Categorized | Education

HSTA members favor agreement to end furloughs

Karin Stanton | Hawaii 24/7 Contributing Editor

Teachers are on board with a deal between their union – State Teachers Association – and the Board of Education to end furlough Fridays.

HSTA gave its members a chance to have their say on a proposal that would require approval from the Legislature and the governor to use $92 million in state funds to restore four furlough days this year and 17 next year.

Early reports indicate HSTA members voted 84.5 percent in favor of the deal, with some 60 percent of the 13,500 members voting.

However, Gov. Linda Lingle previously has said the plan is too expensive and she is not likely to release the money, regardless of support from HSTA, the BOE or the Legislature. She has proposed only essential teachers should return to work.

In a memo late Thursday from HSTA president Wil Okabe, teachers were praised for their “incredible resilience and professionalism since the contract was ratified in September, staying the course and doing what will ultimately be best for your profession, our schools, and the children we teach.”

Okabe also said “The margin in favor of restoring a full school year for students sends a strong message to the Legislature and the community that our members are eager to be back in school and return to the normal school year that our children need.

“We were able to balance some very hard choices and reach an agreement we believe is fair. In return for fewer furlough days and a corresponding restoration of pay, teachers will have fewer non-instructional days, which represents a sacrifice by teachers, who already work long hours,” Okabe said.

Also in the HSTA press release:

For the current school year, the agreement provides for the state to appropriate approximately $24.5 million to eliminate the four remaining furlough days. In return, students will be given an additional full day of instruction; and the last teacher work day of the year will be converted to a half day with students.

For the 2010-2011 school year, the agreement provides for the state to appropriate approximately $67.5 million to eliminate 11 furlough days.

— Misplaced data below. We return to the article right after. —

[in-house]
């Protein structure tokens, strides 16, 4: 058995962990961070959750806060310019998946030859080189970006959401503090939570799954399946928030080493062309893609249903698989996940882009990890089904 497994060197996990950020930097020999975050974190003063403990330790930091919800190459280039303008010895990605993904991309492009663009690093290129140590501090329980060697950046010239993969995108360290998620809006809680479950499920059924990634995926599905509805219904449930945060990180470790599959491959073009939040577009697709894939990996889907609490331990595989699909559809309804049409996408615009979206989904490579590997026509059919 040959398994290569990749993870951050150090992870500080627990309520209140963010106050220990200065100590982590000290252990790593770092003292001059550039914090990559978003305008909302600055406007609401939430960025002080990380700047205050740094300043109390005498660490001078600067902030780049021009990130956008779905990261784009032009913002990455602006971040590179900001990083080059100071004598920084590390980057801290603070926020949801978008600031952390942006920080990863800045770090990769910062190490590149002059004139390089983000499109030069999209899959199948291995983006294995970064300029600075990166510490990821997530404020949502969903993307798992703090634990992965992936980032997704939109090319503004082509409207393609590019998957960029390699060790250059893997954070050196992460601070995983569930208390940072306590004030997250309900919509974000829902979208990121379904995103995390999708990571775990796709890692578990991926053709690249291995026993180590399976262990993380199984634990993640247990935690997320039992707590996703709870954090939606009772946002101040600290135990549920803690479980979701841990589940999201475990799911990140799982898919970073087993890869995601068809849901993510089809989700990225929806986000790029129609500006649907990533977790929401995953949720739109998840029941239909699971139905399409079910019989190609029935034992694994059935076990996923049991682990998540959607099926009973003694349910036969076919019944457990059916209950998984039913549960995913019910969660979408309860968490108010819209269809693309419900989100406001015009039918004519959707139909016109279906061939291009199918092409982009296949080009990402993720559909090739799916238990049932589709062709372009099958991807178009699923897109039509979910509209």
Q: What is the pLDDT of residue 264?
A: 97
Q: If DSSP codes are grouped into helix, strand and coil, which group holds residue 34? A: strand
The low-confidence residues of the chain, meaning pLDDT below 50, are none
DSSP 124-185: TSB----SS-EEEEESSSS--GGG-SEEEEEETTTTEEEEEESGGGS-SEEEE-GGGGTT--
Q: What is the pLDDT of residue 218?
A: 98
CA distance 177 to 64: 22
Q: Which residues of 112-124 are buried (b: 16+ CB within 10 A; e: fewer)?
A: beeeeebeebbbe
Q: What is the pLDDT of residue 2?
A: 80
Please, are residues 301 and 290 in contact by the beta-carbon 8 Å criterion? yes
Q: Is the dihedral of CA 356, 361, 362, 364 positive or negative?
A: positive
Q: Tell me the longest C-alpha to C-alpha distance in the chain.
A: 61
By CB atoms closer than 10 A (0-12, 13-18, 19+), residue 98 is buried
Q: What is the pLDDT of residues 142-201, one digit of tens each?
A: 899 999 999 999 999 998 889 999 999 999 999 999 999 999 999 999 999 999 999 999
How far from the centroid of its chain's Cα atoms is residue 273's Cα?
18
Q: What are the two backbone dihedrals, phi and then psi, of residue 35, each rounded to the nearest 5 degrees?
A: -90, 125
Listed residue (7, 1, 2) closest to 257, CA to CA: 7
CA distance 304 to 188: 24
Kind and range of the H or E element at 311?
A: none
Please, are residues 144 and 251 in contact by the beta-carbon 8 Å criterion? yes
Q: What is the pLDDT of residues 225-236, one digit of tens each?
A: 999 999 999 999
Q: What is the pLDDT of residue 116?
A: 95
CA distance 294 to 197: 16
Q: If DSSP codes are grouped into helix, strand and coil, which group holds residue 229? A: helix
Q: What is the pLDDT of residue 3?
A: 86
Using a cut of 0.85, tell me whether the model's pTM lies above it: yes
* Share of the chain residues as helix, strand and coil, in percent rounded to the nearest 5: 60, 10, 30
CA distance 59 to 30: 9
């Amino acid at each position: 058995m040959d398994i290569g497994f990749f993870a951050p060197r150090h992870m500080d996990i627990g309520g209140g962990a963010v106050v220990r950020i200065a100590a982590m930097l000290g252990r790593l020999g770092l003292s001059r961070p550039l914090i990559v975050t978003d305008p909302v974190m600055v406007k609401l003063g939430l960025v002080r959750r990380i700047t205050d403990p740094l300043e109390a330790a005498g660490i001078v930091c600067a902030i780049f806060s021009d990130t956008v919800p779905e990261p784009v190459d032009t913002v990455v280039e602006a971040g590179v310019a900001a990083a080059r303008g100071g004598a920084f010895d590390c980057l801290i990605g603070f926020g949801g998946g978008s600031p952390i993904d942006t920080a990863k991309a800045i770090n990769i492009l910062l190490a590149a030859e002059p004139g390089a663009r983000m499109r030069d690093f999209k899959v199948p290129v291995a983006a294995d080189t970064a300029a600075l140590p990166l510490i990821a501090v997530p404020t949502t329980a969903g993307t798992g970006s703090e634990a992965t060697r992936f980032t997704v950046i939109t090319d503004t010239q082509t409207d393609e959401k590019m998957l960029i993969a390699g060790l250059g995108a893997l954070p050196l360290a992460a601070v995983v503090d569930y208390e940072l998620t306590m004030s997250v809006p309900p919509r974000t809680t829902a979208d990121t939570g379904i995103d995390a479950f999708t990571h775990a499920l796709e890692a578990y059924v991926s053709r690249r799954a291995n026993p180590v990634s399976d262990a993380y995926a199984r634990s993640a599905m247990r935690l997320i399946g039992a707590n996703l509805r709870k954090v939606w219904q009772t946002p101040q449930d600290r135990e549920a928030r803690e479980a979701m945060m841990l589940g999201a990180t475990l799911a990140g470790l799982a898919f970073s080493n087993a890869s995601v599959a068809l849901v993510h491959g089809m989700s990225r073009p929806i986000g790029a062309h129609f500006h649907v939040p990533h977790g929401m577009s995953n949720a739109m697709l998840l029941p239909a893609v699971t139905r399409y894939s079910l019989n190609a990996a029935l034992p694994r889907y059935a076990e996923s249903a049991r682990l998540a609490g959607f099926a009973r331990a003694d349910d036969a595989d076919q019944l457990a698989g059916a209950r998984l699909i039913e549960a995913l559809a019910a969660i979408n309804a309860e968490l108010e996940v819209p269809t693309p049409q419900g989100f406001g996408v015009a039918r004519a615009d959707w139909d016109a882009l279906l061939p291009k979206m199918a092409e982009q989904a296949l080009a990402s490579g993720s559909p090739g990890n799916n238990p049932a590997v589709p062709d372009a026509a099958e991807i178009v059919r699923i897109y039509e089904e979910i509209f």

The remaining six furlough days for teachers will be scheduled on non-instructional days as follows: Two days at the beginning of the school year (one administrator day and one teacher day); teacher institute day; three planning collaboration/waiver days as scheduled by the Board of Education.

The supplemental agreement is consistent with the HSTA positions that retention of some non-instructional days is necessary for teachers to maintain quality education.

To offset the loss of some planning collaboration/waiver days to furloughs, the contractual provision that permits administrators to use up to eight preparation periods for their own purposes will be suspended for the school year.

To allow for important member communication in place of institute day, HSTA may hold two (2) informational meetings (up to 95 minutes each) each semester.

The cost estimates in the agreement include all DOE employees. The Board of Education proposals to HGEA and UPW are currently under review.

The agreement’s reduction of furlough days will result in a corresponding increase in compensation for bargaining unit 05 members. The overall impact for the current school year and next school year combined will be to bring the pay cut down from 7.94 percent to 4.44 percent.

With the approval of the tentative agreement, the Board of Education can now submit it to the legislature for funding.

Furlough days will end if the legislature appropriates the necessary funds and the governor releases those funds by the following dates: April 21, 2010 for the current year (next scheduled furlough day is April 23, 2010) and July 8, 2010 for next school year.

If funding is not achieved, the supplemental agreement will not be implemented and the school calendars for this and next year will continue as planned with “furlough Fridays.”

Okabe said, “Students need to be in school for the duration of a traditional school year. Teachers want to be there teaching them. Through this agreement, the Board of Education and HSTA have taken the initiative to work toward a positive solution. We ask for the support of the legislature, the governor, the parents and the entire community, which will ultimately benefit from this agreement.”

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